December 2, 2023

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China’s upcoming moon mission aims to do what no country has ever done. Its space ambitions do not end there

China’s upcoming moon mission aims to do what no country has ever done.  Its space ambitions do not end there

China National Space Administration

A demonstration of the Chang’e-8 mission was shown at the International Astronautical Congress held in Baku, Azerbaijan, on October 2.

Hong Kong

China’s lunar mission to return the first samples ever collected from the far side of the moon will launch next year, officials said, as Beijing steps up its ambitious plan to send astronauts to the moon this decade and build an international lunar research station.

Preparations for the next planned mission – known as Chang’e-6 – are progressing smoothly, the China National Space Administration (CNSA) said in a statement last week, adding that a satellite accompanying the mission will be deployed in the first half of next year. .

This week, CNSA is also eyeing the Chang’e-8 mission scheduled for 2028, with Chinese officials on Monday. Connection To increase global cooperation for unmanned lunar mission during the International Astronautical Congress in Baku, Azerbaijan.

In 2028, the Chinese mission will welcome “mission-level” joint projects with other countries and international organizations, according to an accompanying report. document Released on the CNSA website.

This means China and international partners can work together to launch and operate spacecraft in orbit, conduct spacecraft “interactions” and jointly explore the lunar surface, the document said.

The spacecraft will also provide space for 200 kilograms (440 pounds) of foreign science payloads, the agency said on its website. Chinese state media said this could allow foreign partners to conduct research on the moon by “participating” in the mission.

China expects the two upcoming missions, and the Chang’e-7 spacecraft scheduled to launch in 2026, will produce valuable data for building a permanent international research station at the lunar south pole by 2040 — part of Beijing’s broader drive to become a leading nation. A major space power.

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These efforts made China the first country to send a rover to the world Far side of the moon In 2019, completion of the construction of its orbit Tiangong Space Station Last year, it announced its plans to become only the second country to land A manned mission on the moon By 2030.

Expanding Beijing’s international ties through space cooperation is also part of this plan – although so far only a few countries have been reported to have joined the planned lunar research station. These countries include Russia, Venezuela and South Africa, according to Chinese state media.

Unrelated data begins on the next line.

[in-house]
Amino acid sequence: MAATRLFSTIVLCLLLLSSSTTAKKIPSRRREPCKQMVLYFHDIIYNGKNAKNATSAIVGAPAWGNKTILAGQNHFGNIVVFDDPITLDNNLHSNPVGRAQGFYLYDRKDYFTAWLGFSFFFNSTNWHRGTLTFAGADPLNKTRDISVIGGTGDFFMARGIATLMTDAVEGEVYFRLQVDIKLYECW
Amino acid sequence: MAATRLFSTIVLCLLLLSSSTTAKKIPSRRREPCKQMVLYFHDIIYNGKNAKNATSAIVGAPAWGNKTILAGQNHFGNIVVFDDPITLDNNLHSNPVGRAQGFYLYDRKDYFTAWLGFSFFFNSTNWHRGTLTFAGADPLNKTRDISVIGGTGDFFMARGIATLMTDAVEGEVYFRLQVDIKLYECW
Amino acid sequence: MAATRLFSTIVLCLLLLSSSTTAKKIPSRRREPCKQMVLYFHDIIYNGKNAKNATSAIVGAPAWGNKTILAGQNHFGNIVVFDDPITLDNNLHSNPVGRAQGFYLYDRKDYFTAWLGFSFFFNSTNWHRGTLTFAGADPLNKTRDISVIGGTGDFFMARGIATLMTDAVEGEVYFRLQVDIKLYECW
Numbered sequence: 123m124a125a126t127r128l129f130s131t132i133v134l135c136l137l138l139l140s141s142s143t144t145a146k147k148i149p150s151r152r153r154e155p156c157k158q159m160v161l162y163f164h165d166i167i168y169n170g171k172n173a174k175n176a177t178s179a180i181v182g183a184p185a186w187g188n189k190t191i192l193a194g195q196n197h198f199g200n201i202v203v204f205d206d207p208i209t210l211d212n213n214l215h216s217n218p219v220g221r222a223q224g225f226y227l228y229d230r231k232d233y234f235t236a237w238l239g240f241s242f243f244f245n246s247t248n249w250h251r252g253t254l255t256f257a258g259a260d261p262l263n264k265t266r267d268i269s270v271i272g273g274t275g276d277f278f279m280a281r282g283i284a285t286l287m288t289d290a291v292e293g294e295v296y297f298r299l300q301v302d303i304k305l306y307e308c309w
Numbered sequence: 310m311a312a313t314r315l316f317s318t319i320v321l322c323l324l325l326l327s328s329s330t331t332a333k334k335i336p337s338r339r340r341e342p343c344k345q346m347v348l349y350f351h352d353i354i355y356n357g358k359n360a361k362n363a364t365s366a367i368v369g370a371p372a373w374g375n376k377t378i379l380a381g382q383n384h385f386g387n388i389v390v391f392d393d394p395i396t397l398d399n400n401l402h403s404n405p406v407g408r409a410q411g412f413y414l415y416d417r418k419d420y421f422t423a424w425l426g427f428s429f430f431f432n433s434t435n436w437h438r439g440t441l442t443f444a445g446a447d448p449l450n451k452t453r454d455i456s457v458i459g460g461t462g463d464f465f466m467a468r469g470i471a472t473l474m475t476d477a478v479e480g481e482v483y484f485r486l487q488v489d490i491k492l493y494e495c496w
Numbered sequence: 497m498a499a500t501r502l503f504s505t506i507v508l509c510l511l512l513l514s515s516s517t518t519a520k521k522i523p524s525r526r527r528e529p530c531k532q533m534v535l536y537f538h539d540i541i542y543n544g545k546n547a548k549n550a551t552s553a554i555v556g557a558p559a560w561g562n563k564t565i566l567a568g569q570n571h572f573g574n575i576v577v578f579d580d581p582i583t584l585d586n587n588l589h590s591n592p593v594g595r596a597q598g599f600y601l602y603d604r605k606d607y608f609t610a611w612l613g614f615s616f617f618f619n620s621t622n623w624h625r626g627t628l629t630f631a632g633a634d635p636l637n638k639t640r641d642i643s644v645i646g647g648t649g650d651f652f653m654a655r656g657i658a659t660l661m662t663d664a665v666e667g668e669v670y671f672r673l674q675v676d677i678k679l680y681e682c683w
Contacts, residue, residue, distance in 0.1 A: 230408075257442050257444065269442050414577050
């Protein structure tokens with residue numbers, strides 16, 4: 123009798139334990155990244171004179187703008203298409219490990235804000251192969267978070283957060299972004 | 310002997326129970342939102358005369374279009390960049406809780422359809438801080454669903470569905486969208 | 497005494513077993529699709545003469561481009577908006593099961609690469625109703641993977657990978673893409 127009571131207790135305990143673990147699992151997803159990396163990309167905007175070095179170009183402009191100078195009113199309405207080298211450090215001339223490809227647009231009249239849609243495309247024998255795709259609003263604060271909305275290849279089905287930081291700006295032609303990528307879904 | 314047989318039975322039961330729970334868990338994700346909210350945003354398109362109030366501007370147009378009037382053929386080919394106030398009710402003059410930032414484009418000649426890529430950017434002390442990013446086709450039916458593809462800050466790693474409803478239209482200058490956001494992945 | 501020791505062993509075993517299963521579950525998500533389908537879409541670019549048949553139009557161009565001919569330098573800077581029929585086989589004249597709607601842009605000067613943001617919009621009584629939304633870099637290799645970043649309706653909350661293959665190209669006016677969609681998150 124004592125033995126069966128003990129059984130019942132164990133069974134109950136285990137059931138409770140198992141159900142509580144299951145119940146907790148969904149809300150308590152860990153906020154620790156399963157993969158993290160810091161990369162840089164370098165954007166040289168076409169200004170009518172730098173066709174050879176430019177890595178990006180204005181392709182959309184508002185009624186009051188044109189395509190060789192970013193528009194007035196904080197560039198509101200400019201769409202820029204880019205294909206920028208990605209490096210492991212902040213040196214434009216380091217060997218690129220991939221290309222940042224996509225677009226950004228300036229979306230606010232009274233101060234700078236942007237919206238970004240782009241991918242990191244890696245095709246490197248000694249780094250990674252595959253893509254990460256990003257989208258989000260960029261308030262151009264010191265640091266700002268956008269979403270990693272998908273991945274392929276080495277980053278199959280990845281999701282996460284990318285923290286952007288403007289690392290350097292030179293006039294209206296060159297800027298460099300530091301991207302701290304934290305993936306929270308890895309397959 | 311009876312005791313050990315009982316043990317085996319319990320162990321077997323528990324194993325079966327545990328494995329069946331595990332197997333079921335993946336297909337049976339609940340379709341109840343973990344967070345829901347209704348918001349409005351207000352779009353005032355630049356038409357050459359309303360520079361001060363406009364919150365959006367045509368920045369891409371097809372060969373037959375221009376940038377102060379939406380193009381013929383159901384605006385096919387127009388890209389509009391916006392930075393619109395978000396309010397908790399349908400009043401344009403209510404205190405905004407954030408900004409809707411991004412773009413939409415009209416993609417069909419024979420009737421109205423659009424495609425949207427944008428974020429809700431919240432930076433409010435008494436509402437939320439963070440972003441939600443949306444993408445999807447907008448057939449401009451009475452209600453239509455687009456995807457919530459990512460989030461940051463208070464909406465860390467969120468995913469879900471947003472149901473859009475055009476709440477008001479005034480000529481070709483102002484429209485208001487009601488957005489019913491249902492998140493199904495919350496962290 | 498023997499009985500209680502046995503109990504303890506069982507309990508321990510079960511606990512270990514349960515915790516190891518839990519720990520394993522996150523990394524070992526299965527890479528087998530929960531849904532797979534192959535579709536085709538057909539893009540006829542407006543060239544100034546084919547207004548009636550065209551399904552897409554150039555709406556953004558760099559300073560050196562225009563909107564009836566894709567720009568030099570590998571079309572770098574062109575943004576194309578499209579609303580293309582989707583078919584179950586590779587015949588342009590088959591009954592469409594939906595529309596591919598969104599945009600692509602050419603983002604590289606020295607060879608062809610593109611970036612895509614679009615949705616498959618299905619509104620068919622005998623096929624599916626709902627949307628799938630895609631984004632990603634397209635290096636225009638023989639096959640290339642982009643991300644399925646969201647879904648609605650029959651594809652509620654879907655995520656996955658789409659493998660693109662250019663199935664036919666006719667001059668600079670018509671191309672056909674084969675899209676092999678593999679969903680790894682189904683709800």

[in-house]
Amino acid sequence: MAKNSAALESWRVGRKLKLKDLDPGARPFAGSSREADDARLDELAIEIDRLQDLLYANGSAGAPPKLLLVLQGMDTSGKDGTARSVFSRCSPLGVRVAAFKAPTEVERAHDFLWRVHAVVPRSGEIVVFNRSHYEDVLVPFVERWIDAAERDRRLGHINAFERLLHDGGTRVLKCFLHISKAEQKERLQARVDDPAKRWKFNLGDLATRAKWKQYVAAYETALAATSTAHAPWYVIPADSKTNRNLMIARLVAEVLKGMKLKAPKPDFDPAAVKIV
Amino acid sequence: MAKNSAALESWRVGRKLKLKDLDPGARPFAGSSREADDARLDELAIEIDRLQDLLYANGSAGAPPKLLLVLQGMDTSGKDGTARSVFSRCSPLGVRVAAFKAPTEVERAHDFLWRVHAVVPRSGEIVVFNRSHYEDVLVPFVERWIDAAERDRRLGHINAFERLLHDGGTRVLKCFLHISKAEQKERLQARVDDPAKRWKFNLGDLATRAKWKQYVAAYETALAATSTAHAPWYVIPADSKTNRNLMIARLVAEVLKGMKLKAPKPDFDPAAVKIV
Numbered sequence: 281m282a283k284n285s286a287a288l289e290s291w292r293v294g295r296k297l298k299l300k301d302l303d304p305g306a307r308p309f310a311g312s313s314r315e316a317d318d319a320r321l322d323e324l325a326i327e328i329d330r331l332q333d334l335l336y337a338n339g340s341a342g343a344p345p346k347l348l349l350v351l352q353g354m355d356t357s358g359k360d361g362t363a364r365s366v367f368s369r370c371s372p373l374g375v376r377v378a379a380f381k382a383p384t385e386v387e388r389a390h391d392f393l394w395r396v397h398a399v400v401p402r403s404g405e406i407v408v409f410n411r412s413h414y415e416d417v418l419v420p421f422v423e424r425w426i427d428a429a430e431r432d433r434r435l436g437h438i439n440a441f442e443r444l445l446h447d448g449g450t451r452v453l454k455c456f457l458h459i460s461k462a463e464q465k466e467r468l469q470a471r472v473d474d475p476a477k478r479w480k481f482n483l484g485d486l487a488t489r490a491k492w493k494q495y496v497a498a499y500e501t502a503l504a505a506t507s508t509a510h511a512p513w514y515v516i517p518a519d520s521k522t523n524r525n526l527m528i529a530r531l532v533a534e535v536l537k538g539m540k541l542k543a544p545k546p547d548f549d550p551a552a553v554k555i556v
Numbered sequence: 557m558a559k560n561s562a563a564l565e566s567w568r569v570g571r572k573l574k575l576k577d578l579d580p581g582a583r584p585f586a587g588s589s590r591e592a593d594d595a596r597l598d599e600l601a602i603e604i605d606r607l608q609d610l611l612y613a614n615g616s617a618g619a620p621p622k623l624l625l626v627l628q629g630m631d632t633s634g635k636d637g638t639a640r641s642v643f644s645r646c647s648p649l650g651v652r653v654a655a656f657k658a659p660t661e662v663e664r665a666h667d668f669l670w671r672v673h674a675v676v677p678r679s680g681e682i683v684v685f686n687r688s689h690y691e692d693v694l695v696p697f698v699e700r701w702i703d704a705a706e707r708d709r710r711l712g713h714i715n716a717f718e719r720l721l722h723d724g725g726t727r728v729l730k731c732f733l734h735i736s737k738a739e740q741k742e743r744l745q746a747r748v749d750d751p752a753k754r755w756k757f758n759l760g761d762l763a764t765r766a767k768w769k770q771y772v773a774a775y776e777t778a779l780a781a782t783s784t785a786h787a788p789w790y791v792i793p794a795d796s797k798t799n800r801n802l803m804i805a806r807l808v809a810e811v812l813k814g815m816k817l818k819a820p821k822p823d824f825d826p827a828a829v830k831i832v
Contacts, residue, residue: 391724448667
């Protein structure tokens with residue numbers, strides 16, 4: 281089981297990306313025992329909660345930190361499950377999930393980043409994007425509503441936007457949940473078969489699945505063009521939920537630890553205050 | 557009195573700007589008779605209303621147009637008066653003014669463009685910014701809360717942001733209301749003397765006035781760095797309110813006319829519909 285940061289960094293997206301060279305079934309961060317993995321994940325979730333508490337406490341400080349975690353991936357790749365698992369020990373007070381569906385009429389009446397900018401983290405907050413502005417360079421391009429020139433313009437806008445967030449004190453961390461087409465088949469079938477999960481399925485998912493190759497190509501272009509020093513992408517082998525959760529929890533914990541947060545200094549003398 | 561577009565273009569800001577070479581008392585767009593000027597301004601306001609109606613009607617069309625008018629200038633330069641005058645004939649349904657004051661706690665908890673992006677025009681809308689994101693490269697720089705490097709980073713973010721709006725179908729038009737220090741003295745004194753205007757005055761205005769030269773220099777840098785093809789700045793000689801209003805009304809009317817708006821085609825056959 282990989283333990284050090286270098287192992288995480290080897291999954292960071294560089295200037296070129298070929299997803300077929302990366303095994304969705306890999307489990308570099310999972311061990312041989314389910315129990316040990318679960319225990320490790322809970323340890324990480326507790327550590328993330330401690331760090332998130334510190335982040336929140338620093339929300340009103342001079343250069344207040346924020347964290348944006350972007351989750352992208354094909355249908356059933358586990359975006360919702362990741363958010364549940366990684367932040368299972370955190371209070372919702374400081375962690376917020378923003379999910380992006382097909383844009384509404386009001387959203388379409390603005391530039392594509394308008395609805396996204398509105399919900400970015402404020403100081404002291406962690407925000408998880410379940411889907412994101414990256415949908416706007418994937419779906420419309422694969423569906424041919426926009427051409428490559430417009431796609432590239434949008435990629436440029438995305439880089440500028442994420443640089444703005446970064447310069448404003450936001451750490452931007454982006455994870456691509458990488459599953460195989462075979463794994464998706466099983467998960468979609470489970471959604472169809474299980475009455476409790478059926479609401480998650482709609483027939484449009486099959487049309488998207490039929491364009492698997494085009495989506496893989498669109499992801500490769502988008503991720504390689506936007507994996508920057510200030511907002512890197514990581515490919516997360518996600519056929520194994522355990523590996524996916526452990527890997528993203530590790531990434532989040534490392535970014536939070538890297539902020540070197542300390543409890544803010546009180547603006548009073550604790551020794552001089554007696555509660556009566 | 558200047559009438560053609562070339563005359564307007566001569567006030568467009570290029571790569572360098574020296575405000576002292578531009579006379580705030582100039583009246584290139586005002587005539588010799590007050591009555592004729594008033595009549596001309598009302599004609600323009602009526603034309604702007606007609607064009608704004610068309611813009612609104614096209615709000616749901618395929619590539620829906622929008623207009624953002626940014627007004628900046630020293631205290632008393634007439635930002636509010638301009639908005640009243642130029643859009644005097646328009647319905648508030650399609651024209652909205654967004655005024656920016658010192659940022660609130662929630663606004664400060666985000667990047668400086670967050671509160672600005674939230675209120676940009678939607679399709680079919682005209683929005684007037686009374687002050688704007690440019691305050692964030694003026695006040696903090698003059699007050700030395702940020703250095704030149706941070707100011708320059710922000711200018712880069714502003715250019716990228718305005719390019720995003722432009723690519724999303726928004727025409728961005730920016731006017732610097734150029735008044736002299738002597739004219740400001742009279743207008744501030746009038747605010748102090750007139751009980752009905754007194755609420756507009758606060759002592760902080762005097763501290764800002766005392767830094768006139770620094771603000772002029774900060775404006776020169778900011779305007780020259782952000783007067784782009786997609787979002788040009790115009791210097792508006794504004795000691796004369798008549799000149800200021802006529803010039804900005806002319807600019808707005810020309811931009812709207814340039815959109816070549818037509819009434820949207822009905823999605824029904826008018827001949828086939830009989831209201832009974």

China is not alone in raising the profile of its space program and lunar ambitions, with many countries eyeing the potential scientific benefits, national prestige, access to resources and further deep space exploration that successful lunar missions can bring.

Last month, India fell Chandrayaan-3 spacecraft On the moon, becoming only the fourth country to achieve this achievement, as its landing on the moon’s surface reached the south pole of the moon more than any other spacecraft in history.

That same week, Russia’s first mission to the moon in decades ended in failure Luna 25 spacecraft It collided with the surface of the moon.

The United States also strengthened its lunar program, launching the moon First test flight In 2022 under the Artemis program, which aims to return American astronauts to the moon in 2025 and build a scientific base camp there, with NASA also eyeing the lunar south pole.

Like China, the United States has also been working to bring together international partners, with more than twenty countries signing its agreement Artemis Accords Standards for “peaceful deep space exploration.” China is not among the current signatories.

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The Chinese Space Agency said in a report that the Chang’e-6 mission, which will be launched in Beijing next year, will work to deepen understanding of the far side of the Moon, by collecting samples after 10 previous missions to the near side facing Earth. statement Friday, and coincides with the Mid-Autumn Festival – a Chinese national holiday associated with the moon.

Hu Hao, a senior official working on the Chang’e-6 mission, told the Chinese state: “Such samples will enable scientists to develop their studies on the far side… (and) analyze the composition of the samples to expand knowledge about the moon.” media last week.

The spacecraft is scheduled to land in Antarctica’s Aitken Basin on the far side, and will collect dust and rock samples there, Hu said, referring to a large lunar landform of great scientific interest.

The far side of the Moon, which cannot be seen from Earth, is covered in craters, but unlike the near side it is not dominated by large lunar mare, or dark imprints of ancient lava flows – a difference that puzzles scientists.

The Chang’e-6 spacecraft will also carry payloads and four satellites International partners, according to CNSA.

These include a French-made instrument to detect radon gas, a negative ion detector from the European Space Agency, an Italian laser angle reflector to calibrate radar systems, and Pakistan’s CubeSat, a small square-shaped satellite, she added.

The mission is expected to be followed by Chang’e-7 in 2026, which aims to search for lunar resources at the moon’s south pole, and Chang’e-8 two years later, which could investigate how to make use of lunar materials. . Officials said.

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China has launched five robotic probes since 2007. Its last mission, Chang’e-5, landed on the moon in December 2020 and returned with samples of lunar rocks and soil.